There are a few critical distinctions to keep in mind when reviewing toxicology results of a child versus an adult:
Children testing positive for a substance – other than a prescribed or recommended medical substance or an over-the-counter medication used as directed – require a heightened level of concern.
It is important to remember that based on the type of test and the substance being tested for, a positive drug test result could mean either ingestion of a substance by a child or environmental exposure to a substance. The absence of a positive test of a newborn, child, or adolescent does not mean there was not an exposure.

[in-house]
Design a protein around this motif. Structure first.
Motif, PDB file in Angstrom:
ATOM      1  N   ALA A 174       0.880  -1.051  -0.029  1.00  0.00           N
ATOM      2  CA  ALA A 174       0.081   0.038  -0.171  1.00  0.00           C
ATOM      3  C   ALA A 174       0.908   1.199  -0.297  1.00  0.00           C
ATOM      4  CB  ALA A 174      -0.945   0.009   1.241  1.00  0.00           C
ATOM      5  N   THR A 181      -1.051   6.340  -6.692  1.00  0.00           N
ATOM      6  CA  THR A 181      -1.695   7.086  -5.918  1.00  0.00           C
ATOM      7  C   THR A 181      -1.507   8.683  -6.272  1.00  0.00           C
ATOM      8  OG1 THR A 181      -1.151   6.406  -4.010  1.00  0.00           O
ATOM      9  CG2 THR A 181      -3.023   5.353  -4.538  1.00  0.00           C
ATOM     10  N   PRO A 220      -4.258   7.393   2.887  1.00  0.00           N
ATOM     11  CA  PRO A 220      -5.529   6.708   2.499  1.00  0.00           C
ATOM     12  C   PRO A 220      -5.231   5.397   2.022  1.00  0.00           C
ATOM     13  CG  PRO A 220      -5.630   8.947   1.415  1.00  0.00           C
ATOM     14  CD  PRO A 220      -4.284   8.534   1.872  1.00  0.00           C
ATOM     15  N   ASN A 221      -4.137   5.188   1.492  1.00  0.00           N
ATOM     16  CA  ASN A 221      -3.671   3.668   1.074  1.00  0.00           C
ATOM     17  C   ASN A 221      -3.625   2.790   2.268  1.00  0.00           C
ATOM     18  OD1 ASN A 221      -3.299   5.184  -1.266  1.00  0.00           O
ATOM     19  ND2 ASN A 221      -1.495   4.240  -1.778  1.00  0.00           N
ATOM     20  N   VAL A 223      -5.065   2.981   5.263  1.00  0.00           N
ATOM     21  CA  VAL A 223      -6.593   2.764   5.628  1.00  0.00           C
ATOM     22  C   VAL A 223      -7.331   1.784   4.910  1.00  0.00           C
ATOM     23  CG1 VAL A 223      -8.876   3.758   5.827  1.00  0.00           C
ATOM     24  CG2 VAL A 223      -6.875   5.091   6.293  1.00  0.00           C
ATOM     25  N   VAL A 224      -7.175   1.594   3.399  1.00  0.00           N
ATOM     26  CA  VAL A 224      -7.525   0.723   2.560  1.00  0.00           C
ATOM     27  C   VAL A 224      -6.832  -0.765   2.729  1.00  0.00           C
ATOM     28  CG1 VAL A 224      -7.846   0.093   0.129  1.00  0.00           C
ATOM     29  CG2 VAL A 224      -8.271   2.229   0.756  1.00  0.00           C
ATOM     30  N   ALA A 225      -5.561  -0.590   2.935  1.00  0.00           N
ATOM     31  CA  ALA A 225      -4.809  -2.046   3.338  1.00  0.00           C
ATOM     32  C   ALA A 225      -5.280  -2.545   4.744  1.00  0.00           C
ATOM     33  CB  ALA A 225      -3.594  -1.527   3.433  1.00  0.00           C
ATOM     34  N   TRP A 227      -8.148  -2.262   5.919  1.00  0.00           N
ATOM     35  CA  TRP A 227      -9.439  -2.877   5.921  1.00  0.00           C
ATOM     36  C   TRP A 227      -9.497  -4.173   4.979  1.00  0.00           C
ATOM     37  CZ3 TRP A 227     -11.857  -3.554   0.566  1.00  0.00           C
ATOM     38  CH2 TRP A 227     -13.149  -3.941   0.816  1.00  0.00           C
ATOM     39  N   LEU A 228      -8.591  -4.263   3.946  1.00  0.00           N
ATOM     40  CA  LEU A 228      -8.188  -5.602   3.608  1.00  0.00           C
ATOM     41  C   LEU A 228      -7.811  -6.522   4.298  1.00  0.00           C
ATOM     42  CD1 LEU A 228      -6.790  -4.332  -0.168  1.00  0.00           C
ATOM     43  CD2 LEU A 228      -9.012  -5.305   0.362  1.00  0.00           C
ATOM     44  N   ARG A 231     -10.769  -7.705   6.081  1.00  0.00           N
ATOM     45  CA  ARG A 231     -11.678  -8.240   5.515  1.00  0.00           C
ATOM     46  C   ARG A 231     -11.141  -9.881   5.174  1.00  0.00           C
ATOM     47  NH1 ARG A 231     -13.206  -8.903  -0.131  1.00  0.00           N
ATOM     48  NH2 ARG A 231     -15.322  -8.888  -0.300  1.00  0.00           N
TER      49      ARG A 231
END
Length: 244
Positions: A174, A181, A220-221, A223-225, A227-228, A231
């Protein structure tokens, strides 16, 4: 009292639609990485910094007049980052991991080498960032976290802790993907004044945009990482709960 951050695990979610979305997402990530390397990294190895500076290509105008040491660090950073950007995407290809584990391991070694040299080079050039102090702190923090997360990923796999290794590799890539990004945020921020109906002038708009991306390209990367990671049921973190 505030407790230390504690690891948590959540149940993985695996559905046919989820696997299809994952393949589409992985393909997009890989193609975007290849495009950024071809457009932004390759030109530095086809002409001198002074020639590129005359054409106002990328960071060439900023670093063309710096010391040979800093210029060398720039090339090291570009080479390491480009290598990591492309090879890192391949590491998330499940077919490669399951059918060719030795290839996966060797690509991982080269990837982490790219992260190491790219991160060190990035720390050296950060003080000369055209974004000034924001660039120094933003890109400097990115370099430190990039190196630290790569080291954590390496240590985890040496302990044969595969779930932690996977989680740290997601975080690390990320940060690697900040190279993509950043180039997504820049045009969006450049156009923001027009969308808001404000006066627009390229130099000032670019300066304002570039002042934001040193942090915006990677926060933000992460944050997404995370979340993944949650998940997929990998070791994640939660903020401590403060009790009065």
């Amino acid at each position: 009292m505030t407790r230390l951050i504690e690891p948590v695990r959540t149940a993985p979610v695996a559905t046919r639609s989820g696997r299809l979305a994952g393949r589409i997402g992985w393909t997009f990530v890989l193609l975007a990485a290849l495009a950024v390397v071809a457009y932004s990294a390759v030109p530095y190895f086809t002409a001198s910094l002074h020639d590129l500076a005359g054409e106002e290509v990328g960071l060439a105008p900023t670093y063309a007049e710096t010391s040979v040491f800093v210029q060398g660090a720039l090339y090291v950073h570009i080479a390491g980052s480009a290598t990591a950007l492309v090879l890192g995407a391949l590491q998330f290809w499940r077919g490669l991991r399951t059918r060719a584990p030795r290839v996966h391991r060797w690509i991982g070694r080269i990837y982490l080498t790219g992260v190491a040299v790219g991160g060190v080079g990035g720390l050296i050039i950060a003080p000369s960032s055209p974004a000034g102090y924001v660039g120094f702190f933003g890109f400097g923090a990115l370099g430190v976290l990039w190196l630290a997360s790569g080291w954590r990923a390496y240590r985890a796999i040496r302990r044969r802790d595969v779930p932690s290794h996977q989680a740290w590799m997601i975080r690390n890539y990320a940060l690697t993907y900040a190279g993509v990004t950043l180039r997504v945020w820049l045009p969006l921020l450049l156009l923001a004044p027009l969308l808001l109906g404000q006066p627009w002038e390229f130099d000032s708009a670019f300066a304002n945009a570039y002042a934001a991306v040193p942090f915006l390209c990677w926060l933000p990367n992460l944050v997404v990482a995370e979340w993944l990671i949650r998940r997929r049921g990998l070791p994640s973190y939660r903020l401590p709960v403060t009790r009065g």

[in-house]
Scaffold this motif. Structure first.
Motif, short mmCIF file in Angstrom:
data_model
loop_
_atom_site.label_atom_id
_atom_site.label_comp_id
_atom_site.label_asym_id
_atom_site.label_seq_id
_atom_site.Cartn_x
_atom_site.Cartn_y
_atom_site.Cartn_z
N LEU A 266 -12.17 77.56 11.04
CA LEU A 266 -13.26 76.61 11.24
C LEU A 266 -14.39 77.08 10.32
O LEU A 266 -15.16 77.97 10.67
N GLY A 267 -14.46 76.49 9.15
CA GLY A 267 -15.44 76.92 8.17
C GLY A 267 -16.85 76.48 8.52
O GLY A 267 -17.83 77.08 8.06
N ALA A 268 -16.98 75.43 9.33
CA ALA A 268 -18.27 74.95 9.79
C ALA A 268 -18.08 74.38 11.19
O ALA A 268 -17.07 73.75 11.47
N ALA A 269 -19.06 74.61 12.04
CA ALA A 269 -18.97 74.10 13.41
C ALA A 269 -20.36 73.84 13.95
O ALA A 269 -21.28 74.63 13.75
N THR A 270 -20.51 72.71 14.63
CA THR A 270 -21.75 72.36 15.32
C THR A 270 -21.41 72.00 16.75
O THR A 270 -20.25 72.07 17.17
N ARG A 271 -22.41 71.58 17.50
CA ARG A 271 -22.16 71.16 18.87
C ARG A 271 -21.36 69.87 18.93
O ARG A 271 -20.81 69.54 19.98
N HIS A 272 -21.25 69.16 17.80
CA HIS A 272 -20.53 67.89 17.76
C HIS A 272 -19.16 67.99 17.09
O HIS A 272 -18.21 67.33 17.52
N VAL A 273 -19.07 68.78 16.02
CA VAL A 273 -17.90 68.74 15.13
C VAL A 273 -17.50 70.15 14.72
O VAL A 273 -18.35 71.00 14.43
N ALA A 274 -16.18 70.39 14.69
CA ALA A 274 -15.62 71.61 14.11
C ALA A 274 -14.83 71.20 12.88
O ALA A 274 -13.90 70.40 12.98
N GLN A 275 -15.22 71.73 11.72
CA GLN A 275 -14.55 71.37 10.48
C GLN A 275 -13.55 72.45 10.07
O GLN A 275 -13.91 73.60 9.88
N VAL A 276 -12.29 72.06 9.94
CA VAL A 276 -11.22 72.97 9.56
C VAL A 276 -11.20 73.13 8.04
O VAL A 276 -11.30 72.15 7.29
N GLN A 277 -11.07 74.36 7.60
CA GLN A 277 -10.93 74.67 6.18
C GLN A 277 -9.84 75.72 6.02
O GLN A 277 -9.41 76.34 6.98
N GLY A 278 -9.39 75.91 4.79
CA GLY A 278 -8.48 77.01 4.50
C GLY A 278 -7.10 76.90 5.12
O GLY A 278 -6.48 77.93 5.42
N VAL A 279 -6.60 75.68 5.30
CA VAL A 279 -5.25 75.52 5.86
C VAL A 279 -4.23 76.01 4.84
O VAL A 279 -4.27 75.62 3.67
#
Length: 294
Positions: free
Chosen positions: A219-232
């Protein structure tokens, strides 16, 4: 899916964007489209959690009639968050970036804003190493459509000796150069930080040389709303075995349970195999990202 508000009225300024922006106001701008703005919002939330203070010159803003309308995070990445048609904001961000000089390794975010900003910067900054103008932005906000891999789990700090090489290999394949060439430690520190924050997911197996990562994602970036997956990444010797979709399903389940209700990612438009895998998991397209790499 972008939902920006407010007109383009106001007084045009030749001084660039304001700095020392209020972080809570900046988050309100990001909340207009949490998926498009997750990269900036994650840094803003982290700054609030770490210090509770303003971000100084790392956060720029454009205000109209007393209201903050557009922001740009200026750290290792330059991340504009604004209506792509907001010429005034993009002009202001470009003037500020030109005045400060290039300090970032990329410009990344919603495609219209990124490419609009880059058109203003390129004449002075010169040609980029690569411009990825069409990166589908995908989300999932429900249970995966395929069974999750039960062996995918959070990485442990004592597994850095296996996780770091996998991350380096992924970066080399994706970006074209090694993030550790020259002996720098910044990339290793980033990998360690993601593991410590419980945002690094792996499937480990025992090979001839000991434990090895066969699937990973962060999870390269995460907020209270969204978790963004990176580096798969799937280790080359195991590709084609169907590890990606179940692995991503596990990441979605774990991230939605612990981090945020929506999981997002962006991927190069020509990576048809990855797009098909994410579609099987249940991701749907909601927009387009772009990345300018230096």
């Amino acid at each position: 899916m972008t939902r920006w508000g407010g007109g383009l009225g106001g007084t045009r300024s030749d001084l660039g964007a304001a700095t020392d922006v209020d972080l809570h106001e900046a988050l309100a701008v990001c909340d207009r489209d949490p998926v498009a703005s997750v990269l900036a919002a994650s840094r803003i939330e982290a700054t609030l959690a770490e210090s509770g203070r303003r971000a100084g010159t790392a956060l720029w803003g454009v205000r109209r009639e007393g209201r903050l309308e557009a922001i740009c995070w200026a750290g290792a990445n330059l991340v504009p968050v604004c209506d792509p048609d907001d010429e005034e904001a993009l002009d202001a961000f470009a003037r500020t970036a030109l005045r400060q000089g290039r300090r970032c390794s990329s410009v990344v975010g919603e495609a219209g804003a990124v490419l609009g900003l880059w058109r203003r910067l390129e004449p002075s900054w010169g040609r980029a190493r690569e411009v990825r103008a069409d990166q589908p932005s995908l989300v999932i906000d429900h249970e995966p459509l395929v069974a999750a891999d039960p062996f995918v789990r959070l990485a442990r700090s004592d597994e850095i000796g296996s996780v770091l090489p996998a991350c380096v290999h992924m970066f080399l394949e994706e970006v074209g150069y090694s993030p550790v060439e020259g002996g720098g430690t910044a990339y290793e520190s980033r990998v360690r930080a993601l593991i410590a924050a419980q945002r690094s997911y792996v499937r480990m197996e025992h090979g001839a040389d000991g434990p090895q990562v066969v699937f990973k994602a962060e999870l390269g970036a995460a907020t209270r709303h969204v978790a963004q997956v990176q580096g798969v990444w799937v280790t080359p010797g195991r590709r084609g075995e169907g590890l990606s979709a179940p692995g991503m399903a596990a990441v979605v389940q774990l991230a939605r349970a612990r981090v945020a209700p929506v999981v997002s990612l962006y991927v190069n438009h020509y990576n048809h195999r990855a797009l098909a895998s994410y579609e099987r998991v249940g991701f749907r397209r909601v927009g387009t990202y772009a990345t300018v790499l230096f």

While a positive test may or may not answer the question of whether or not a child was exposed to a substance, it necessitates further exploration to understand the circumstances and impacts (including clinical symptoms) to the child's health, safety, and well-being. This may include implications for environmental and behavioral risks.
If one child has been exposed to a substance, consider additional children living in the home, or who may have also been exposed or impacted, that need to be assessed during this process.
The testing methods do not change for children, adolescents, or adults. With adolescents, drug exposures can still be unintentional, but concerns for recreational use also need to be considered. As opposed to young children, where exposure is likely either malicious or unintentional.